2. Don’t multi-task

We often read about how women can multi-task and men cannot – I don’t know whether this is true or not but I do know that multi-tasking dilutes our energy, concentration and ability to perform at our best.

If we are going to give our peak performance then we need to be fully engaged in what we are doing – channeling all our energy – not thinking or worrying about something else.
So by all means have a lot of things on your ‘to do’ list but only think about and ‘perform’ one at a time – give it your full attention and energy and then (as above) recover before starting the next thing.

Email, instant messaging and social media all dilute our energy.

So think about how you can create an environment where you can focus on one thing at a time.

3. Look after yourself

If you were an athlete in training you would be very careful about what you ate, drank, how much sleep you got and how much exercise you took, this would be a priority for you. You would understand the direct relationship between these things and your performance.
However, in business we can easily ignore these simple things and expect to perform at our best on virtually no sleep, little exercise and no breakfast.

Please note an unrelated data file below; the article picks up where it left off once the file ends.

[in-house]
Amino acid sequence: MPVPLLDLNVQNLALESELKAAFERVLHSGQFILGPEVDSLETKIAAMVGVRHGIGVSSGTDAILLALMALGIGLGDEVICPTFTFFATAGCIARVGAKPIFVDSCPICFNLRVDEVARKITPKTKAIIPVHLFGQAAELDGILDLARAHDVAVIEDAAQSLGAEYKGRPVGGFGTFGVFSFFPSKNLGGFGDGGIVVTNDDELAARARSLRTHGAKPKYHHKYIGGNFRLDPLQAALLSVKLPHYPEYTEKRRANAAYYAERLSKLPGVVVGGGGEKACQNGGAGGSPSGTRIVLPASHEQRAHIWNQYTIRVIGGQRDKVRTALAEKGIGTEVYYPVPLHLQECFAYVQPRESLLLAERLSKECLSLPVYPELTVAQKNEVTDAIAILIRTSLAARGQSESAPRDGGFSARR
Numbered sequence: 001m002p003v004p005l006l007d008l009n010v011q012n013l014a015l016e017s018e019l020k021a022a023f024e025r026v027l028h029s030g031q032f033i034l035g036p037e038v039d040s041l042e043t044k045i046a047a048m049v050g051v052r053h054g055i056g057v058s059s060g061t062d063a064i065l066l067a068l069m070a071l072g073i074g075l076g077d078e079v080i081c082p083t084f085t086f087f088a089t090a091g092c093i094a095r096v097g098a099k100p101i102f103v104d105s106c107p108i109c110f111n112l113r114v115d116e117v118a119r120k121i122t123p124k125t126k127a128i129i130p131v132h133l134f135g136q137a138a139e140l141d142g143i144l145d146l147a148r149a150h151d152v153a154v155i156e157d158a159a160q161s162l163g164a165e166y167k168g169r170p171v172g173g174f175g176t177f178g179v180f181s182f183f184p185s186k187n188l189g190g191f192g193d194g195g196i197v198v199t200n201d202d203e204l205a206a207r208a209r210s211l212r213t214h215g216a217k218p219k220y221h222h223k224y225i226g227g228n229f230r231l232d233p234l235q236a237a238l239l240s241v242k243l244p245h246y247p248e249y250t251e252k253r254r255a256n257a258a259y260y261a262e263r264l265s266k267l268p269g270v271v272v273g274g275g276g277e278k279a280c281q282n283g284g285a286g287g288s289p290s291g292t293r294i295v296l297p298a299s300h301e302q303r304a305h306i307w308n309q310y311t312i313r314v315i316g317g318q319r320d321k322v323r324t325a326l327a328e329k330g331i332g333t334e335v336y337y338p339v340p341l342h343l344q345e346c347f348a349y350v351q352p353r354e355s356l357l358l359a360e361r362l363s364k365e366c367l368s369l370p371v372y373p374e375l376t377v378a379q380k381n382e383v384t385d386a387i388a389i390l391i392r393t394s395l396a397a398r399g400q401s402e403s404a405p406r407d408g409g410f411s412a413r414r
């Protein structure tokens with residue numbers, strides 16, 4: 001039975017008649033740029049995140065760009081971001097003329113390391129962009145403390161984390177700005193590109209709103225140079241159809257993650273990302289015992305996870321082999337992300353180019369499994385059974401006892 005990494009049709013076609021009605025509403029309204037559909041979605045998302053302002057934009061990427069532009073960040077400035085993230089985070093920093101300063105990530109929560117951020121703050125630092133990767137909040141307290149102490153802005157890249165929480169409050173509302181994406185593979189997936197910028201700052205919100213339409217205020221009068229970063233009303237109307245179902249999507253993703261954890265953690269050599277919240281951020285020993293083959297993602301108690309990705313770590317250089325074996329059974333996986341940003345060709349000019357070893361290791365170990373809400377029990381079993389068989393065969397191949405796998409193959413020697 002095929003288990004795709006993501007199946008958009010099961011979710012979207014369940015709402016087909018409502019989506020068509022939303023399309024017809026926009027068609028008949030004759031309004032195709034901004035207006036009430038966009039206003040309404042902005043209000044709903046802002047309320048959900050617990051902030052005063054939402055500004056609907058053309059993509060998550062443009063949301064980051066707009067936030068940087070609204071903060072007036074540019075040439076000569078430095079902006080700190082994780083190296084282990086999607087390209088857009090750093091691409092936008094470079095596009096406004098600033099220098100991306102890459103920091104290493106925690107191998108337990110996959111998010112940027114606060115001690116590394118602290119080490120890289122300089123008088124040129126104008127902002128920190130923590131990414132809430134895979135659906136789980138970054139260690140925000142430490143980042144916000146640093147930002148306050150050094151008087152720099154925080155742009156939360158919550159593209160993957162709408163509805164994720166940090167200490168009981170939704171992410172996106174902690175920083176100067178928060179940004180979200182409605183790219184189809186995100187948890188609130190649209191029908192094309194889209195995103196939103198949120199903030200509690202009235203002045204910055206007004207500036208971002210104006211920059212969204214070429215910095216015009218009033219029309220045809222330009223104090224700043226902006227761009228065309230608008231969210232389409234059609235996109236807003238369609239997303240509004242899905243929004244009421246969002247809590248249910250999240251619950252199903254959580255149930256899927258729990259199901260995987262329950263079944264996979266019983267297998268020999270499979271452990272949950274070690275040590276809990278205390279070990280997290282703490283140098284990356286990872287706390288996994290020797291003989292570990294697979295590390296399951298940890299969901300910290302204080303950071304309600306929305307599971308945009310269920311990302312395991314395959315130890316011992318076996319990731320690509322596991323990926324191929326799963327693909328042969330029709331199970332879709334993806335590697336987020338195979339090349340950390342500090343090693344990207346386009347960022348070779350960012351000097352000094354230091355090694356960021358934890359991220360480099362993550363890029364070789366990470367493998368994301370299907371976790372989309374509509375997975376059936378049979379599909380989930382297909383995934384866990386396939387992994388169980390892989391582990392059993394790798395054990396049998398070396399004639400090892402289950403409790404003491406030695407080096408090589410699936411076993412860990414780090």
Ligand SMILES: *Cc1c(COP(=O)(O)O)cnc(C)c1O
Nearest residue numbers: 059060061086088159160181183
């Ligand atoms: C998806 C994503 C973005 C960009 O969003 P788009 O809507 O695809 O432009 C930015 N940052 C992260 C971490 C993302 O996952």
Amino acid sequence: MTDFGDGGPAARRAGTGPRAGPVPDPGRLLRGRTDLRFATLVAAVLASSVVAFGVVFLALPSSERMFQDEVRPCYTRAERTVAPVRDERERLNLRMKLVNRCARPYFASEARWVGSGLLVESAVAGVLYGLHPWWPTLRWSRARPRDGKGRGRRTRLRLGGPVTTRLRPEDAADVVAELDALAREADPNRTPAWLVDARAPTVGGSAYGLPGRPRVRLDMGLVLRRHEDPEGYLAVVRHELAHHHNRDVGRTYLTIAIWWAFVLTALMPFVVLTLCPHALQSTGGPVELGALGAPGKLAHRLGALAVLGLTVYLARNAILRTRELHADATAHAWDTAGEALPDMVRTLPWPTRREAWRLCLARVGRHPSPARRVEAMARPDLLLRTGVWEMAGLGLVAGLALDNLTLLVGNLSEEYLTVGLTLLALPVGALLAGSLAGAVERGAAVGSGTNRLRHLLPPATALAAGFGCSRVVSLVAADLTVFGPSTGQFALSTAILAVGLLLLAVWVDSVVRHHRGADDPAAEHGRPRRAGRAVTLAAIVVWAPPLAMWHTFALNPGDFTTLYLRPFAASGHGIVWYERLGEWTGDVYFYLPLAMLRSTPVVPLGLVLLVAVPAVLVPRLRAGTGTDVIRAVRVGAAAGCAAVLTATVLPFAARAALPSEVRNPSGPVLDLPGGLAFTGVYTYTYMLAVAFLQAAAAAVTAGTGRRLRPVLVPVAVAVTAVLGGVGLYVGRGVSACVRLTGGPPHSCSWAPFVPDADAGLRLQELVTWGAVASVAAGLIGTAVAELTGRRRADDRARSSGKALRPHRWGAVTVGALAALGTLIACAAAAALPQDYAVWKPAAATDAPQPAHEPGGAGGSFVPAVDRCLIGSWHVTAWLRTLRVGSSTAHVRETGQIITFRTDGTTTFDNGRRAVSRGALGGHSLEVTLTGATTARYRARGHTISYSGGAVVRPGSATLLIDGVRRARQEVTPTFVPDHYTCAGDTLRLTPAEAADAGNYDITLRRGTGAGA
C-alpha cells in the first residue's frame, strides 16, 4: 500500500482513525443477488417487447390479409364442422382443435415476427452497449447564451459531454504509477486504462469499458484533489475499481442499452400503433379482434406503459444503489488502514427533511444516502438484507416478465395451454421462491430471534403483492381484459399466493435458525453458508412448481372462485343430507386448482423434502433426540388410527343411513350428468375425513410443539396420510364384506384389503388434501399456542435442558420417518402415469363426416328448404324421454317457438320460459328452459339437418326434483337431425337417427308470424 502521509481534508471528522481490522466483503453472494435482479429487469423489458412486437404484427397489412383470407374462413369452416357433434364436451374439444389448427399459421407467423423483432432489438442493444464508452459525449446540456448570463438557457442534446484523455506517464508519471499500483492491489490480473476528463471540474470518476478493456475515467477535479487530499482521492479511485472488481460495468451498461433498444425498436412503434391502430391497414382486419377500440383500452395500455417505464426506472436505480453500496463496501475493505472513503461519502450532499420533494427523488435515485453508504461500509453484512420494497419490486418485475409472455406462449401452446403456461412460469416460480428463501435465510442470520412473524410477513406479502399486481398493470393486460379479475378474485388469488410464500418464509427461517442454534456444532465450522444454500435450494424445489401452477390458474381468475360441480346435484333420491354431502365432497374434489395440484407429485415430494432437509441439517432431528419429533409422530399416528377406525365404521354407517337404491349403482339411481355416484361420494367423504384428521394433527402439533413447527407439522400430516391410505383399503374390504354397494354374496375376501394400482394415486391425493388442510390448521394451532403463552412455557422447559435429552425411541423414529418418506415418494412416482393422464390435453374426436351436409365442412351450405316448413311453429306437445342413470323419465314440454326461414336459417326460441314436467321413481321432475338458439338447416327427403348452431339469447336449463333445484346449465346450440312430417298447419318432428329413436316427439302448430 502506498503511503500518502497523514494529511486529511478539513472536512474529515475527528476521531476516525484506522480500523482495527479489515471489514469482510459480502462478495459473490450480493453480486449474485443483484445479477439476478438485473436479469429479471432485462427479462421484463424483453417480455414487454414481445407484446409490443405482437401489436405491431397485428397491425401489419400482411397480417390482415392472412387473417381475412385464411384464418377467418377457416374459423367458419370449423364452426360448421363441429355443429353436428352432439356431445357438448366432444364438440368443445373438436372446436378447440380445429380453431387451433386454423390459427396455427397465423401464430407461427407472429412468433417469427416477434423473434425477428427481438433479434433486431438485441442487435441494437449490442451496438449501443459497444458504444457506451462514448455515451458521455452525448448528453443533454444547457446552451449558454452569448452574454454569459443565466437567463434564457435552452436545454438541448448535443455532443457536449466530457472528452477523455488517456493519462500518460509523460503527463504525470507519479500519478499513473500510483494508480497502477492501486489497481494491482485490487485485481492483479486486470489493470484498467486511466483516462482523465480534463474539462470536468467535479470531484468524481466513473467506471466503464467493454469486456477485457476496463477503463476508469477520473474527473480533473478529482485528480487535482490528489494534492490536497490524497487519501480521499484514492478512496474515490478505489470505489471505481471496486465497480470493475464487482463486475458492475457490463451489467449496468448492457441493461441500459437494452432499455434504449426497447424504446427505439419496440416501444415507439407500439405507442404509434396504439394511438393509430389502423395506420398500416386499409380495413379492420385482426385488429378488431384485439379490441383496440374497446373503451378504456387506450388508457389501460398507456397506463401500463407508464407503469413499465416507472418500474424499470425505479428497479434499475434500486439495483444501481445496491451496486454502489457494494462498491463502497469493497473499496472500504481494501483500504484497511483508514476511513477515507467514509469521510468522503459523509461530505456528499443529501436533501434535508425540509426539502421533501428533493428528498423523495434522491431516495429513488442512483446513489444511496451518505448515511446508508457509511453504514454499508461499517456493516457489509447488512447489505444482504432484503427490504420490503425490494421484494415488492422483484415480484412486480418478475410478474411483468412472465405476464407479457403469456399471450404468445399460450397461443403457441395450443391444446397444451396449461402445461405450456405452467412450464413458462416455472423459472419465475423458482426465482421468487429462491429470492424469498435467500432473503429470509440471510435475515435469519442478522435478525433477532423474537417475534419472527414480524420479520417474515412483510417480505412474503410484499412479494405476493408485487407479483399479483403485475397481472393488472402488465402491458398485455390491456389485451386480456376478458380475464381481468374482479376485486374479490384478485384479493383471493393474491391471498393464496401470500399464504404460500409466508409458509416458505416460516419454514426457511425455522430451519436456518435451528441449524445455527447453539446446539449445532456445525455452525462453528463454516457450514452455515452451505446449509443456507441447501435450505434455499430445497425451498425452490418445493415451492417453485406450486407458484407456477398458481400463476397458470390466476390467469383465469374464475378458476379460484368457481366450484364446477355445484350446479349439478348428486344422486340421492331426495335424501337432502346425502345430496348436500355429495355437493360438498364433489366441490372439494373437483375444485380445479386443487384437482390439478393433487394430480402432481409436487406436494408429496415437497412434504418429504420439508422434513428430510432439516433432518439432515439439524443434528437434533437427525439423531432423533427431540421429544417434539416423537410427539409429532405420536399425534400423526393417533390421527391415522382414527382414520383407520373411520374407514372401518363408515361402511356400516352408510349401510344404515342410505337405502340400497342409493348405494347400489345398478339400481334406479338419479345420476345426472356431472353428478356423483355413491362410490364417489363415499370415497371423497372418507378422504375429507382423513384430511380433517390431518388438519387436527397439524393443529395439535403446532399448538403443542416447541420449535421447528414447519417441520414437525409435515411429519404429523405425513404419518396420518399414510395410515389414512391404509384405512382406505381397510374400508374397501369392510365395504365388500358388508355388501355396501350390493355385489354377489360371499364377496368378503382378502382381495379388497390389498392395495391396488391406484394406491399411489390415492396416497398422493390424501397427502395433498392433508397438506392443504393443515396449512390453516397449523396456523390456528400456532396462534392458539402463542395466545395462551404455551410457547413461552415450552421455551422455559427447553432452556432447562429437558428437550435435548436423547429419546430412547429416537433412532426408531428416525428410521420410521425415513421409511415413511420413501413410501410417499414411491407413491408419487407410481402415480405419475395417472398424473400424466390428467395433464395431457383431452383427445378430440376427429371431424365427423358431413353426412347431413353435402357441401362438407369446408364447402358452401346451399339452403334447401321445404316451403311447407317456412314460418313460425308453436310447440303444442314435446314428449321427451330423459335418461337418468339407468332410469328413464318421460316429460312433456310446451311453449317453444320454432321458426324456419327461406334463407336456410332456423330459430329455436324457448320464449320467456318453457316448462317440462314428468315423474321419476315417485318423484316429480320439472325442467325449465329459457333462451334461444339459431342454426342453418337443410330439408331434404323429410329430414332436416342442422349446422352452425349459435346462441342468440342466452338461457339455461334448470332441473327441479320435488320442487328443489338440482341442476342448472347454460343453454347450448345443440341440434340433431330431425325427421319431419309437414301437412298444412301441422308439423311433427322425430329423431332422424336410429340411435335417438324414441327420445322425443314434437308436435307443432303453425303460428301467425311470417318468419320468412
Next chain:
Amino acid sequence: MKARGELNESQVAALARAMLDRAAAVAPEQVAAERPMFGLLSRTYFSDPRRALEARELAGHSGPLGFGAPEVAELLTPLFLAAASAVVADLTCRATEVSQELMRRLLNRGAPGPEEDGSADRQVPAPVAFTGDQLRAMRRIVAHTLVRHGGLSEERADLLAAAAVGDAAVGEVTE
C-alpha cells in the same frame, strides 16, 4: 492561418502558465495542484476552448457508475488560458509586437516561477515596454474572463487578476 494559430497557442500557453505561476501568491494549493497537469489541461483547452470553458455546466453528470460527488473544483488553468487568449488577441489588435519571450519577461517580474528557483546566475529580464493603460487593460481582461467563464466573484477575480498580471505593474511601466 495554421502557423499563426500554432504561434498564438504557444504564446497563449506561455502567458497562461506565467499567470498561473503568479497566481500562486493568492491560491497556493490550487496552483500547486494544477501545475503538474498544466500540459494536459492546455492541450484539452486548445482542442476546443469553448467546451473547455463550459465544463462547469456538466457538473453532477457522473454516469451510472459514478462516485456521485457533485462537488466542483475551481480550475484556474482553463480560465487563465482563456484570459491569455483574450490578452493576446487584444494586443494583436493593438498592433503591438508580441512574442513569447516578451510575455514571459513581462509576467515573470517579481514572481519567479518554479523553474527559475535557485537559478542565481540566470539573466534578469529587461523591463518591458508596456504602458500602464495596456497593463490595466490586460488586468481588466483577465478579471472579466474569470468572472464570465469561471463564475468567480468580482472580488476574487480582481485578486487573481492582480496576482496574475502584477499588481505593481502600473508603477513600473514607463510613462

If you want more energy then treat your body more like a temple and less like an amusement park!

Do at least some of the things that you know you should do and you will have so much more energy.

What changes are you prepared to make so that you have more energy more of the time?

4. Channel your thoughts

If you were an athlete what mental preparation would you carry out before performing?
You would probably think about how well you’ve done before and have a target to meet or match your personal best. You would then mentally visualise this and think about the preparation you need in order to do acheive this, and then you’d practice and practice.

Think about how might you learn from this to enhance your own performance and channel your energy more effectively.

5. Manage your emotions

Negative emotions such as anger or anxiety drain our energy whereas positive emotions such passion and optimism motivate us and help us to perform at our best.
Negative emotions are often a great clue to the fact that we are operating at strain rather than stretch and it’s time to recover and recharge. Anger is only one letter away from danger, which is actually very apt (as strain is only one step away from burnout).
The first step to managing your emotions is to be aware of them, as you then are in a position of choice. What are you feeling right now?

If you find yourself feeling emotions that are energy sapping (you will know the ones) then make a positive choice to recharge and recover from this feeling, knowing that it will make a huge difference to your effectiveness. You know what re-balances you so make the time to do it

I hope these Energy Tips have been useful to you – do let me know. We offer coaching and workshops on the topic of Energy Management and Peak Performance so please contact us if you’d like to explore this topic further.